PARK STEAM ENGINE EXPLOSION 1904
As you travel into Cambridge
from Linton I am sure that most people have noticed the gap
in the old railway embankment which leads to the huge Camgrain
silos. If you follow the track for one to one and a half miles,
you reach the Great Chesterford Parish boundary and the remains
of Catley Park farm.
All the land to this boundary is now part of Little Linton
farm, but in 1904 Catley was a separate farm of about 303
acres. Henry Green had been the tenant farmer since 1896 and
he lived in the main farmhouse. This farmhouse building was
pulled down in 1978, and it had once been part of a much larger
Catley cottages, located near the scene of the explosion,
were demolished in the 1950’s. The Ruck-Keene family
of Swyncombe Park in Oxfordshire were the owners of the Linton
Estate at this time.
In those days steam powered engines were used in pairs to
pull the plough across the field by means of steel cables.
Heavy ground could place a severe strain on the pulling engine
and sometimes jam the plough. A very careful watch had to
be kept on the temperature gauge to prevent the engine from
overheating. The driver of the main engine was Robert Morrison
and he was assisted by twenty one year old Frederick Mynott.
His responsibilities included carting water to top up the
boiler and carrying the coal needed to power the engine.
On June 16th 1904, at about 6pm the plough seemed to stick
in the soil, and within seconds there was a tremendous explosion.
The engine blew up and scattered jagged fragments of metal
in every direction.
Robert Morrison was struck on the chest by a large piece of
iron, but miraculously escaped death and ended up badly bruised
and shaken. He had been chatting to Frederick Mynott when
the plough stuck fast, and poor Frederick was struck on the
head by a flying piece of metal and died instantly.
Parts of the engine were scattered over a distance of more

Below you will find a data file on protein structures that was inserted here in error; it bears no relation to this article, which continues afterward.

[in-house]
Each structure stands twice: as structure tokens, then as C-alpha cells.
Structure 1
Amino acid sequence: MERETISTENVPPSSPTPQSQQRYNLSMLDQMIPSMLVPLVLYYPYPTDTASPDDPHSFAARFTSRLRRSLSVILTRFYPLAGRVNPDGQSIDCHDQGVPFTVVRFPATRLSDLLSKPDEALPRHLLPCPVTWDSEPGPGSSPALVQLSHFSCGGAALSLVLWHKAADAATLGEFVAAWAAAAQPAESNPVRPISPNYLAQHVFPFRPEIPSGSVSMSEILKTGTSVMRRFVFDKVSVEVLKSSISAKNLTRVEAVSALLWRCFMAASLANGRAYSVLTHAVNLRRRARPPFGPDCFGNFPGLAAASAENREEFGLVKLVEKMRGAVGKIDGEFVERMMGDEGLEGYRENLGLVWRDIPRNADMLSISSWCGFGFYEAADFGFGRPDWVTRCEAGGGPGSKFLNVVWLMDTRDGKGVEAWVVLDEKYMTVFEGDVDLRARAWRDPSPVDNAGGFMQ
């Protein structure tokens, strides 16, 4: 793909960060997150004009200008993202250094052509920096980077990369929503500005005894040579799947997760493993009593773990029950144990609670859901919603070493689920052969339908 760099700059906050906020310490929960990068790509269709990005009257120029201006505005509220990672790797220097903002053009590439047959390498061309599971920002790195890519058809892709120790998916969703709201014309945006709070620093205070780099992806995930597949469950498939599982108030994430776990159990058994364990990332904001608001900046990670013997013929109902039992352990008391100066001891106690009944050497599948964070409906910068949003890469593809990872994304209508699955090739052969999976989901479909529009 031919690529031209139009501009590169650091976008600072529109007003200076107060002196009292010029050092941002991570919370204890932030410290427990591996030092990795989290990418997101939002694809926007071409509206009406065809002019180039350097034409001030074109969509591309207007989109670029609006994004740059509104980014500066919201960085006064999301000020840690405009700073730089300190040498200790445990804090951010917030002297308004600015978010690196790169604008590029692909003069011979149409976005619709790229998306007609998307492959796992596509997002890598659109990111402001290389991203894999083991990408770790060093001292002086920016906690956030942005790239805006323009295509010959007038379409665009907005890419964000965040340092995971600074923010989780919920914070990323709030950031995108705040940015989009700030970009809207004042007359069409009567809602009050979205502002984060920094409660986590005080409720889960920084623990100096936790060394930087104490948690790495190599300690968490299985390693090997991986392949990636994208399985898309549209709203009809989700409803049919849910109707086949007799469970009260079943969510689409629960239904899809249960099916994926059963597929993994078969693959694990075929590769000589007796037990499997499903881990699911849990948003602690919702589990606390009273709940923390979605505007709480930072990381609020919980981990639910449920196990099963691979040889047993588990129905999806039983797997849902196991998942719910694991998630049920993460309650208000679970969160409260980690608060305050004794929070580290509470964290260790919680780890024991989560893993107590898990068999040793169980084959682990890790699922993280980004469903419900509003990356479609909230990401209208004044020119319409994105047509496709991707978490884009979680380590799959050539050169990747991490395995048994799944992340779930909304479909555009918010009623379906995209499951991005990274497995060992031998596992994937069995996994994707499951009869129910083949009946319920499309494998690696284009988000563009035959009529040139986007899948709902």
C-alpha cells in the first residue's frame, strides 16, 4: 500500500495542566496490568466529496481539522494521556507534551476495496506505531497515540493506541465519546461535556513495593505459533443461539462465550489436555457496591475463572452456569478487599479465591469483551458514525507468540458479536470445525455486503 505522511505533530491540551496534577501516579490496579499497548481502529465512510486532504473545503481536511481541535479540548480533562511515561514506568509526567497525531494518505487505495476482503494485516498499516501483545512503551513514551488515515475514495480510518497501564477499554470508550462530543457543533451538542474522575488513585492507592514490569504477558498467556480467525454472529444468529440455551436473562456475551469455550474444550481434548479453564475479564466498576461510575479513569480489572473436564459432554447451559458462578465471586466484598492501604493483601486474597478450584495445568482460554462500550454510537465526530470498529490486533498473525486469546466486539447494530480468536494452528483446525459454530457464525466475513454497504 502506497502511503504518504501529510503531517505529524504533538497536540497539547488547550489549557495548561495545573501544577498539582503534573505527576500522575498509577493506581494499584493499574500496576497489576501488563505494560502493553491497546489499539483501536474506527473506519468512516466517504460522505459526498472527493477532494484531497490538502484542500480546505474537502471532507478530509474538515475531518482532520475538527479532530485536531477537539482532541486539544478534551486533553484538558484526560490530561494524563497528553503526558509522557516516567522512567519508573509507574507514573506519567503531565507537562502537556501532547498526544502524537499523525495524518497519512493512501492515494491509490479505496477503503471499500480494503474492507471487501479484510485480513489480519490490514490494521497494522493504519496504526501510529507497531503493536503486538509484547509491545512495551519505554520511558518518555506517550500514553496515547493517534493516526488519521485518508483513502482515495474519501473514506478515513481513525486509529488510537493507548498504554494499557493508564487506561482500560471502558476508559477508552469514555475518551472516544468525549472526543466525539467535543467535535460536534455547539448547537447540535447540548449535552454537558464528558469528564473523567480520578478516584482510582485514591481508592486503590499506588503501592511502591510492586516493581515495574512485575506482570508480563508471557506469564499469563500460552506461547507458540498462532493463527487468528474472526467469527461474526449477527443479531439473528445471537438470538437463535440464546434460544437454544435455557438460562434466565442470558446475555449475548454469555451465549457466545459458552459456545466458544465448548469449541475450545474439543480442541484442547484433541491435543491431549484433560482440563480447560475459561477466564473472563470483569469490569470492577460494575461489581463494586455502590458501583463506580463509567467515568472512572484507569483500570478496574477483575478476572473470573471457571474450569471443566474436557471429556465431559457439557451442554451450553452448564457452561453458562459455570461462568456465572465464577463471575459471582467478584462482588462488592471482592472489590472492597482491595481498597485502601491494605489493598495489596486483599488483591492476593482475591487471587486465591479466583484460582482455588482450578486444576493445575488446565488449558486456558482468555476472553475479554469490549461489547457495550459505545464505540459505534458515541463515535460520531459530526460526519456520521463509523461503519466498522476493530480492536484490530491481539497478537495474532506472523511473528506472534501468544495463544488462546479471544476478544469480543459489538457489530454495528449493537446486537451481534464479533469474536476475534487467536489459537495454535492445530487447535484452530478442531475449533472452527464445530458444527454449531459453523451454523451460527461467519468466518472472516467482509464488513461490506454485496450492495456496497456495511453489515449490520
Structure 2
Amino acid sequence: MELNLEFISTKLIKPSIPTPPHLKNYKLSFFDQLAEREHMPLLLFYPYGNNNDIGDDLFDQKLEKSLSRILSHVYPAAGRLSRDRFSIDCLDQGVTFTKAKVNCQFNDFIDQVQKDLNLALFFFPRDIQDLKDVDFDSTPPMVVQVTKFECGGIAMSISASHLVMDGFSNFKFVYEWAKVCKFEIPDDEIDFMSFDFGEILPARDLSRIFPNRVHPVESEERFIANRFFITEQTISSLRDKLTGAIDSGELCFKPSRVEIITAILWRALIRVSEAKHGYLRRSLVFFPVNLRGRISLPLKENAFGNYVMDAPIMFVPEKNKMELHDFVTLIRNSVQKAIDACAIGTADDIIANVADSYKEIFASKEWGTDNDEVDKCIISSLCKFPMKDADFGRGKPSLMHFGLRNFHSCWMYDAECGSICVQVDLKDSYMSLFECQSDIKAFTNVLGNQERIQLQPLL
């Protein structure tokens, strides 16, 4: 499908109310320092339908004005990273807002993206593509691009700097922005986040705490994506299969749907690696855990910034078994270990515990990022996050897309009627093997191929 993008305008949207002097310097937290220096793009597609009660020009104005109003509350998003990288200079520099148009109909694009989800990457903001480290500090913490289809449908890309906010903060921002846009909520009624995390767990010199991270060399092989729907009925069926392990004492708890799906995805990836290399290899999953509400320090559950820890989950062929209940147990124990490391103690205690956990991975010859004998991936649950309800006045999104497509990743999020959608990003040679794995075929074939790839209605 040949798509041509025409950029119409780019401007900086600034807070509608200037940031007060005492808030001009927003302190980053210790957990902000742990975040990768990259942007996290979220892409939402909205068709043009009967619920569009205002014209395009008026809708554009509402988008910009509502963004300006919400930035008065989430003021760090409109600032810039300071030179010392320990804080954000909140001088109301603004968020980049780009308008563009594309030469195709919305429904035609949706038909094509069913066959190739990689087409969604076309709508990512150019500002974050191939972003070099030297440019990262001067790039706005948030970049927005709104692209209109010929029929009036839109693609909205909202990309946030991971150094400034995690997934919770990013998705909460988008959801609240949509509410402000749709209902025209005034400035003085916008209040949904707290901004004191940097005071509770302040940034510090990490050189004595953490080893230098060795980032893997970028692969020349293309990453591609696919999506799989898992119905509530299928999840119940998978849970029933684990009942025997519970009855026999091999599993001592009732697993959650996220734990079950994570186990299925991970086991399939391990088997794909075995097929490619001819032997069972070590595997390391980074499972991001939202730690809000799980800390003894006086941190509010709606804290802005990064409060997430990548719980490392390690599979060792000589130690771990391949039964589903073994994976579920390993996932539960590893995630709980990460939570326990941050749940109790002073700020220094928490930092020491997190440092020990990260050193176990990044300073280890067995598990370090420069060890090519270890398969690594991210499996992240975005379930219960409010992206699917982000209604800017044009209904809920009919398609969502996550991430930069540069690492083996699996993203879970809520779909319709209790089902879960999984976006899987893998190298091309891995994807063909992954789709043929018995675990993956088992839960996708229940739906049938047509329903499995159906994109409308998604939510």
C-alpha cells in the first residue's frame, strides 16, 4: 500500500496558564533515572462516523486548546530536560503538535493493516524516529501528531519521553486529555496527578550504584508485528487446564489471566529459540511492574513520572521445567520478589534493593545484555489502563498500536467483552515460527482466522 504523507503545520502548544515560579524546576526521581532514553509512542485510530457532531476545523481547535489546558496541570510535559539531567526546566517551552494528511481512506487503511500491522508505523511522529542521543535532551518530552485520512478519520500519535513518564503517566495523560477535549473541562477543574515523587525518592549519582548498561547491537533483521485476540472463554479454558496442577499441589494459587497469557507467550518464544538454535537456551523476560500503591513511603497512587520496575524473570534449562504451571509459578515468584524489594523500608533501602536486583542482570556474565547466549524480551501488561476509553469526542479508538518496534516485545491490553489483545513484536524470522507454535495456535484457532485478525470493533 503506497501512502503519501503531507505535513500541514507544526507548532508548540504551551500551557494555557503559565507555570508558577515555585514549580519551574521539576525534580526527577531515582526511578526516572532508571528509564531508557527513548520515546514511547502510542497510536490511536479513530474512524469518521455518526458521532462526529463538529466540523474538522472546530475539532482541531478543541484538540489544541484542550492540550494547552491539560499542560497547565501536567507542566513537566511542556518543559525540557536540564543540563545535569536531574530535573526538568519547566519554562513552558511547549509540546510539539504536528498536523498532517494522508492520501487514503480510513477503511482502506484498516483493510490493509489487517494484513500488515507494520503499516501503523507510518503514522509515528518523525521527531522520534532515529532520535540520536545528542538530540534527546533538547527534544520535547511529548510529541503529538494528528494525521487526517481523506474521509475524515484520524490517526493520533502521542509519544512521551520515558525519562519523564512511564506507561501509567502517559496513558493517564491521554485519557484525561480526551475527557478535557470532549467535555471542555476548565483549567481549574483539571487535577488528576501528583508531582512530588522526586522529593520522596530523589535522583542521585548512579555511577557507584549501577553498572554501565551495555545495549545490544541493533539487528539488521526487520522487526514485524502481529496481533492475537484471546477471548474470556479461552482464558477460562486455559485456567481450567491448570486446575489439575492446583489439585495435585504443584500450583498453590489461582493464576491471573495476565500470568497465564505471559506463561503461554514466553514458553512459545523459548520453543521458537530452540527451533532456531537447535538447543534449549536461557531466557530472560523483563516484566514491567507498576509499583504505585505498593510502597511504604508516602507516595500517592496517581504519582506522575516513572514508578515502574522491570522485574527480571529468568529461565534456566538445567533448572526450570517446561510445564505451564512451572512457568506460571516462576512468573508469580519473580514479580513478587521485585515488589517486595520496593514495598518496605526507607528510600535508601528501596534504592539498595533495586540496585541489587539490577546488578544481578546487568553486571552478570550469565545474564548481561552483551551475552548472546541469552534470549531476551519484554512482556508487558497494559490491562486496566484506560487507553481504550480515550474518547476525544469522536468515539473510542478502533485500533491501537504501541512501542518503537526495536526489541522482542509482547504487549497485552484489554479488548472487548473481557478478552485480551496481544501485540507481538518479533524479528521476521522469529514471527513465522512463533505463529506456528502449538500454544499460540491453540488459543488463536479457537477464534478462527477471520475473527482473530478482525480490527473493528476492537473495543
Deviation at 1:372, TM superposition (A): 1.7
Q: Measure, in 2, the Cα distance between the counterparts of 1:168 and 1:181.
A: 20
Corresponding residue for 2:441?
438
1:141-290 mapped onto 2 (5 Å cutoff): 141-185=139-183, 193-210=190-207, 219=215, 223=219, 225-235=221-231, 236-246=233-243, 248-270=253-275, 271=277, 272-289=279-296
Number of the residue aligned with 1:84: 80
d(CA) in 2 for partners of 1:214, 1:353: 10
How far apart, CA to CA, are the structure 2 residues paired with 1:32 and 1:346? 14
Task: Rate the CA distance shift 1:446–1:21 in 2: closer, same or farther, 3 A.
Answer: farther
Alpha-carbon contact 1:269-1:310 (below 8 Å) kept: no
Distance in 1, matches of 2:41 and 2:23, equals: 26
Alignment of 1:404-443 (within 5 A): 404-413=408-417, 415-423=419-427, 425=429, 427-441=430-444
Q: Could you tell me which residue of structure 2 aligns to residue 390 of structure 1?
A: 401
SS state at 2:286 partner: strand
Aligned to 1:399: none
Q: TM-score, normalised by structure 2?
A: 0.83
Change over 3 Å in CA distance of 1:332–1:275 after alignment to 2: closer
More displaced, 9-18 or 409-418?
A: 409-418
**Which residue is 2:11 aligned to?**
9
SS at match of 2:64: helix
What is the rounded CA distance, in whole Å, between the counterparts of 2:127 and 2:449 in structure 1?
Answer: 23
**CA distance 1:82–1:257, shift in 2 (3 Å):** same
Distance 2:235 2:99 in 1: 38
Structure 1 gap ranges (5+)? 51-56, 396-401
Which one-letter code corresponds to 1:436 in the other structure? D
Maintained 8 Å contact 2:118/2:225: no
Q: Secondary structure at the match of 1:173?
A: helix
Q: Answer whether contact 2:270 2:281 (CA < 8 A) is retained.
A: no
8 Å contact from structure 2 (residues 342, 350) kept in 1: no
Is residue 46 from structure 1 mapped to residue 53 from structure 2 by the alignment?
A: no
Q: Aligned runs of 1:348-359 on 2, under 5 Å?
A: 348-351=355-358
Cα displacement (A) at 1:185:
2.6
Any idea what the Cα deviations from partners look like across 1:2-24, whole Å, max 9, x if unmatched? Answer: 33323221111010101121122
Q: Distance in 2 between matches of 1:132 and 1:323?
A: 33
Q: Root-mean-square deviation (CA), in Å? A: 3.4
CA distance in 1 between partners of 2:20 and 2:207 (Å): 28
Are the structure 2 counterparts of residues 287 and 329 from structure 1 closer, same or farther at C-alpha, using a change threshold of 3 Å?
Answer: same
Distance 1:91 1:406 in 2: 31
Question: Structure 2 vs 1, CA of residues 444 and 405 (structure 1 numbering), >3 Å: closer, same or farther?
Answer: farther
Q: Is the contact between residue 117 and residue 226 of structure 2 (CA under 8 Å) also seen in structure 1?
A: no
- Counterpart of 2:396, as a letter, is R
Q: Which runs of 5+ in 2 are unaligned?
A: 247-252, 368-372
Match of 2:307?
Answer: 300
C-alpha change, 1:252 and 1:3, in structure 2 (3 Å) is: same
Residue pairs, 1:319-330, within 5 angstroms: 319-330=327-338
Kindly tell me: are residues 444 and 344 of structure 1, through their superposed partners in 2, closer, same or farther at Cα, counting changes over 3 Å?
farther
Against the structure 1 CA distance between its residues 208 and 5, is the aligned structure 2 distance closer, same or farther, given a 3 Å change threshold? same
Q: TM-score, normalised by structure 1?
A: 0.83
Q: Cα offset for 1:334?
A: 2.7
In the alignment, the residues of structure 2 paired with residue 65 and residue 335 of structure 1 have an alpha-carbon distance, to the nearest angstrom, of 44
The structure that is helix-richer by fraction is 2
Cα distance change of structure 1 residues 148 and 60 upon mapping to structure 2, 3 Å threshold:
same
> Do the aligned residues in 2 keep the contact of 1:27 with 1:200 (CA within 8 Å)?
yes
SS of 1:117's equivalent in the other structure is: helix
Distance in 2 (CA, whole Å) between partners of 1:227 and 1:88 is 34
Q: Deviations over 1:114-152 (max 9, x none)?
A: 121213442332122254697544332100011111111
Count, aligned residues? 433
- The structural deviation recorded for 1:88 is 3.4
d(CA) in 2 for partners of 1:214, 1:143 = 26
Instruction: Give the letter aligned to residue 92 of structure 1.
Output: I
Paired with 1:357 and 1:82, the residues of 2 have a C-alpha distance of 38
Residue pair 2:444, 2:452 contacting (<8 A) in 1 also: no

than one hundred and fifty metres, and the noise of the explosion
was heard over a wide area. The late Sam Taylor told me that
at that precise moment his father was on the toilet at Little
Linton farm and thought that his whole world had come to an
The sad incident created a sensation in the local press and
over three thousand sightseers swarmed over the site the very
next day. The narrow track to Catley Park was jammed with
horses and carts and a film was shot for local cinema audiences.
Films of local events were all the rage at this period and
amateur film makers made a good living before the emergence
of the professional film producer. The film was screened at
the Cambridge Midsummer Fair. It would be nice if this old
film was ever found.
An inquest was held at the “Crown” Hotel in Linton
and the cause of the explosion was believed to be the faulty
settings on the engine’s safety valves. Some witnesses
blamed the tragedy on the practice of some steam engine drivers
who often tampered with the valves to prevent interruptions
to their work. No conclusions were drawn about this case.
The engine, numbered 3616, was a 16hp Fowler single cylinder
model and was fitted with Church valves. It was built in Leeds
in May 1879, together with its sister engine numbered 3624.
Pamplin Brothers of Cherry Hinton had purchased both engines
from the Eastchurch Steam Plough Company of Kent in 1897.
The boiler had previously exploded on number 3616 but the
engine had been completely re-built and re-boilered. The jury
returned a verdict of “accidental death” and recommended
more careful maintenance in the future.
Over three hundred people turned out for Frederick Mynott’s
funeral held on June 18th, 1904. The service was conducted
by the local vicar, the Reverend John Longe. The Cambridge
Daily News journalist described the service as a very moving
occasion and wrote, “The sweet voices of the boy choristers
were interspersed with the audible sobbing of the many persons
in the sympathetic assembly.” The gravestone can still
be seen today in the section of the churchyard nearest to
the Camping Close.
Frederick Mynott’s parents lived in one of the Catley
cottages situated half way up the track leading to the main
farm. You can just make out the old foundations. Henry Green
set up a special fund to pay for the tombstone and arranged
for the parents to go away for a short break. Some local residents
I have interviewed told me that they could still identify
the exact spot on which this tragic event took place.